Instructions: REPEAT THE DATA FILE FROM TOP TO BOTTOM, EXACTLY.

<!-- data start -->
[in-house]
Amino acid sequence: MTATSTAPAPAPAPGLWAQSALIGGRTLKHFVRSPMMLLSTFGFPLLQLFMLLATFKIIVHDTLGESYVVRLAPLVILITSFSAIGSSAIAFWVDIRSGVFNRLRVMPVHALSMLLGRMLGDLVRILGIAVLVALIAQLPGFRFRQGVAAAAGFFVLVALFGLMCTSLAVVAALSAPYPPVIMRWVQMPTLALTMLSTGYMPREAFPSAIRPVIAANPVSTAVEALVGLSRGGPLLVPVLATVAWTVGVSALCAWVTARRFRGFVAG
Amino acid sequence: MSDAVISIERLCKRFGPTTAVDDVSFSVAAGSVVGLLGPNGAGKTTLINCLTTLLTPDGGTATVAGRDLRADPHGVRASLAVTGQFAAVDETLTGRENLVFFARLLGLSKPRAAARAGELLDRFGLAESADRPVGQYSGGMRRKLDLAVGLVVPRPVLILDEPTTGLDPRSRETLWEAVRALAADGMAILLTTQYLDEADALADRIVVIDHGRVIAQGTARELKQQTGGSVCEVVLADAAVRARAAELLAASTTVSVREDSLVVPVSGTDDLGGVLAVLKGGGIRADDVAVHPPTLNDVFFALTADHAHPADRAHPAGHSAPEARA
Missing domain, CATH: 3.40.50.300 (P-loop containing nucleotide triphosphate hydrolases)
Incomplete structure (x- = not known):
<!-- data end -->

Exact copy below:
[in-house]
Amino acid sequence: MTATSTAPAPAPAPGLWAQSALIGGRTLKHFVRSPMMLLSTFGFPLLQLFMLLATFKIIVHDTLGESYVVRLAPLVILITSFSAIGSSAIAFWVDIRSGVFNRLRVMPVHALSMLLGRMLGDLVRILGIAVLVALIAQLPGFRFRQGVAAAAGFFVLVALFGLMCTSLAVVAALSAPYPPVIMRWVQMPTLALTMLSTGYMPREAFPSAIRPVIAANPVSTAVEALVGLSRGGPLLVPVLATVAWTVGVSALCAWVTARRFRGFVAG
Amino acid sequence: MSDAVISIERLCKRFGPTTAVDDVSFSVAAGSVVGLLGPNGAGKTTLINCLTTLLTPDGGTATVAGRDLRADPHGVRASLAVTGQFAAVDETLTGRENLVFFARLLGLSKPRAAARAGELLDRFGLAESADRPVGQYSGGMRRKLDLAVGLVVPRPVLILDEPTTGLDPRSRETLWEAVRALAADGMAILLTTQYLDEADALADRIVVIDHGRVIAQGTARELKQQTGGSVCEVVLADAAVRARAAELLAASTTVSVREDSLVVPVSGTDDLGGVLAVLKGGGIRADDVAVHPPTLNDVFFALTADHAHPADRAHPAGHSAPEARA
Missing domain, CATH: 3.40.50.300 (P-loop containing nucleotide triphosphate hydrolases)
Incomplete structure (x- = not known):